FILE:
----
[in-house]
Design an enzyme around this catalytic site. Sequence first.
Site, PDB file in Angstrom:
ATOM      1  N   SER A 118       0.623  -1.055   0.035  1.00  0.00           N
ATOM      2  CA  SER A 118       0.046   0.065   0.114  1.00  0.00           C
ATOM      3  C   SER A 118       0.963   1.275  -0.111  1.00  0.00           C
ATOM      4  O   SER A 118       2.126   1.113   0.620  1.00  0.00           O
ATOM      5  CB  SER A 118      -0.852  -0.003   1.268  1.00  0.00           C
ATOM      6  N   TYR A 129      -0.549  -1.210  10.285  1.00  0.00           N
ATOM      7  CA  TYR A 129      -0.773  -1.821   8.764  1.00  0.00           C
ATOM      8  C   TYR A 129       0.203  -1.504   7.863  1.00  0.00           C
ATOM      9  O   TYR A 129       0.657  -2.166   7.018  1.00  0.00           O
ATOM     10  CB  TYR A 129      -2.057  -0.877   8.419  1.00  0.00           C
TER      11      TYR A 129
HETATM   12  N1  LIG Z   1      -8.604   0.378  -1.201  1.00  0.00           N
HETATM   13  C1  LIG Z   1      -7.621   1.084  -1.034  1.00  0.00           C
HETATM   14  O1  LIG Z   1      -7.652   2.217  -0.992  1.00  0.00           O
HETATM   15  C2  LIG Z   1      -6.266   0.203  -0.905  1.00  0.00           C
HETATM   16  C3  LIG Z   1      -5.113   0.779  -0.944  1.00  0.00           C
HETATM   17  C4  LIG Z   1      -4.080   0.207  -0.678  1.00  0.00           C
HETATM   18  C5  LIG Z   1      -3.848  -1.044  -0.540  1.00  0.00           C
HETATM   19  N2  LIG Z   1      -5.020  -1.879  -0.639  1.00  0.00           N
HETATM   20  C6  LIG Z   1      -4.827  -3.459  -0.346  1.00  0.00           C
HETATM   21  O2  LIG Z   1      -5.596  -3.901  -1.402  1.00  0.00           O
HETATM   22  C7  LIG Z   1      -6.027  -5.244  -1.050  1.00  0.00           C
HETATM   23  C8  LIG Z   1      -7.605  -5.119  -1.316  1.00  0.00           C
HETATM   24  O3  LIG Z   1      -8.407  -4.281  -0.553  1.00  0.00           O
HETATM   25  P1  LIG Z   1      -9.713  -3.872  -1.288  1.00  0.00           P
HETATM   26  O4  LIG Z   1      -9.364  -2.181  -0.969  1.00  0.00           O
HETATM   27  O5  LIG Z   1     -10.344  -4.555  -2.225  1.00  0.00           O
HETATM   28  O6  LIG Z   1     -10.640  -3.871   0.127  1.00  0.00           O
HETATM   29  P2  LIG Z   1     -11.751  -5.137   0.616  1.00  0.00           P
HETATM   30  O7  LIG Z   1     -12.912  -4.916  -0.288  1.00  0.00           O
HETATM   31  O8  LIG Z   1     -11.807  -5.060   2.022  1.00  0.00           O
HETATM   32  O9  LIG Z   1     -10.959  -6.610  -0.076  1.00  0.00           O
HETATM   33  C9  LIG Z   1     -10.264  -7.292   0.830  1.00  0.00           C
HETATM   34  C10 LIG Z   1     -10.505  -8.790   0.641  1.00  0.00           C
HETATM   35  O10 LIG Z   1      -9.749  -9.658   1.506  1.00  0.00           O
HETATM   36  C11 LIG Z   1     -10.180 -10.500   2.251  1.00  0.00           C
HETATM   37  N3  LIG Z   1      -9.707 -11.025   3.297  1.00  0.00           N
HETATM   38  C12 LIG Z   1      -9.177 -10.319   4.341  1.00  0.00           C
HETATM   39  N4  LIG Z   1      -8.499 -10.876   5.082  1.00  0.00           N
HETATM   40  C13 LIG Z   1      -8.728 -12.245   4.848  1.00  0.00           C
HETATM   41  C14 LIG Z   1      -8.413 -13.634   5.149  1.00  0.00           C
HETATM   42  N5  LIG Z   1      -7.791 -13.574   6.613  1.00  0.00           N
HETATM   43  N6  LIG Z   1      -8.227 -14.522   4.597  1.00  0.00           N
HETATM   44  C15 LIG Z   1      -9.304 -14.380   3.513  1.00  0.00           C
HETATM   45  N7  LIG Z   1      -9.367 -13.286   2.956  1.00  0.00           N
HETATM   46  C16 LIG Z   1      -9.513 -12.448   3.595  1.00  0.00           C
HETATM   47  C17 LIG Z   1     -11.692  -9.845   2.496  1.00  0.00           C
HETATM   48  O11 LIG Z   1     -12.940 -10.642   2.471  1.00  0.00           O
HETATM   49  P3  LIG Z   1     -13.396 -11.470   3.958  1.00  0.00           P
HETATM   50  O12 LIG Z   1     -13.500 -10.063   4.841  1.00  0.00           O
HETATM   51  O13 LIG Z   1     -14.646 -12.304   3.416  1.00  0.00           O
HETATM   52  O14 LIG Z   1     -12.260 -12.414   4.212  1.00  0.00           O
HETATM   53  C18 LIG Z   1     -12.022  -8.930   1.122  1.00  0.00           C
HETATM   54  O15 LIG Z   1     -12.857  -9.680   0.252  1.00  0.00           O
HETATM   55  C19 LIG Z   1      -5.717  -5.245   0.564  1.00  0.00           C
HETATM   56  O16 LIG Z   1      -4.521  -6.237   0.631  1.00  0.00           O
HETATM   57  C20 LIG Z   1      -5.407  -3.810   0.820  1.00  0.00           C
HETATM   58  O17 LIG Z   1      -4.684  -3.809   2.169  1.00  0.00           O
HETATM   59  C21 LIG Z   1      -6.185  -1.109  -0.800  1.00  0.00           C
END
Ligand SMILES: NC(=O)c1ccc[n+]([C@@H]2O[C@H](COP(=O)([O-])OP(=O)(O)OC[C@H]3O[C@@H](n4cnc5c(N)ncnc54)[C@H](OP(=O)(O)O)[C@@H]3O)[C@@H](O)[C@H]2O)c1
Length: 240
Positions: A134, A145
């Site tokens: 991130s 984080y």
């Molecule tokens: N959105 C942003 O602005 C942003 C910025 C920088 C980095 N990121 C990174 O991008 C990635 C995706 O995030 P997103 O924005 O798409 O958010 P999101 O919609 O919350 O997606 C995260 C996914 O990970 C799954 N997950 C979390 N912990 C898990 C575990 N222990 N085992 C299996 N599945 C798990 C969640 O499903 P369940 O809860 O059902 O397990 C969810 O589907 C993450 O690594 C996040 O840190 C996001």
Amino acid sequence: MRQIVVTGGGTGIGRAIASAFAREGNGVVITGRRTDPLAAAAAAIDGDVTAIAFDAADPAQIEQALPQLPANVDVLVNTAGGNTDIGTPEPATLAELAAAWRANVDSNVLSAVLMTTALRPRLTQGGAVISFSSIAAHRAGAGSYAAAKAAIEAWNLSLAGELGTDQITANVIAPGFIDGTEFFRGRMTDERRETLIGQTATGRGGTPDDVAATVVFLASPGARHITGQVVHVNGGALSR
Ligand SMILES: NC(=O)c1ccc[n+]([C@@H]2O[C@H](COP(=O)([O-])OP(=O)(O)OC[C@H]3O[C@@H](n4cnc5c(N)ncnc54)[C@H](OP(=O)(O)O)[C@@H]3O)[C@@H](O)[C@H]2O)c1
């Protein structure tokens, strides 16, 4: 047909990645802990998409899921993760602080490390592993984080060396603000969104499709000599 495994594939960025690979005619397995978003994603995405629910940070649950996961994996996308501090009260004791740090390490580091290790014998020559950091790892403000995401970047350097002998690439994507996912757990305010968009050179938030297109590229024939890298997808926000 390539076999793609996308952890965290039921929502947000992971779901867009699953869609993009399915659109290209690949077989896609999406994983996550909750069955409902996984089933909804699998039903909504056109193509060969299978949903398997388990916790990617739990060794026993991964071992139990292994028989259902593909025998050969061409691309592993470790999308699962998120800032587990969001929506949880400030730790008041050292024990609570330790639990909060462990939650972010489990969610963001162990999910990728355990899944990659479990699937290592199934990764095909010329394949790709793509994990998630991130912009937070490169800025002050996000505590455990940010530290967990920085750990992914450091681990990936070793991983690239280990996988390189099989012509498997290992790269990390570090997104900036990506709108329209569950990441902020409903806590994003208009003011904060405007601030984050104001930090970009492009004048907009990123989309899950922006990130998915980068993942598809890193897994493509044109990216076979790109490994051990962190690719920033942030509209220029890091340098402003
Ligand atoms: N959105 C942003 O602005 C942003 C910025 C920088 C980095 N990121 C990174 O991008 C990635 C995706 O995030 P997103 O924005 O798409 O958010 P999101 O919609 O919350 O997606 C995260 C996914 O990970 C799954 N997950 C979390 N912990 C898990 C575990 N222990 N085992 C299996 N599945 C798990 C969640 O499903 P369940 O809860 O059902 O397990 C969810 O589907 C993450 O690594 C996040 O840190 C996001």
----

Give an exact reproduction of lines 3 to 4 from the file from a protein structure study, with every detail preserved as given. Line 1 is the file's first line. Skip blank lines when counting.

Site, PDB file in Angstrom:
ATOM      1  N   SER A 118       0.623  -1.055   0.035  1.00  0.00           N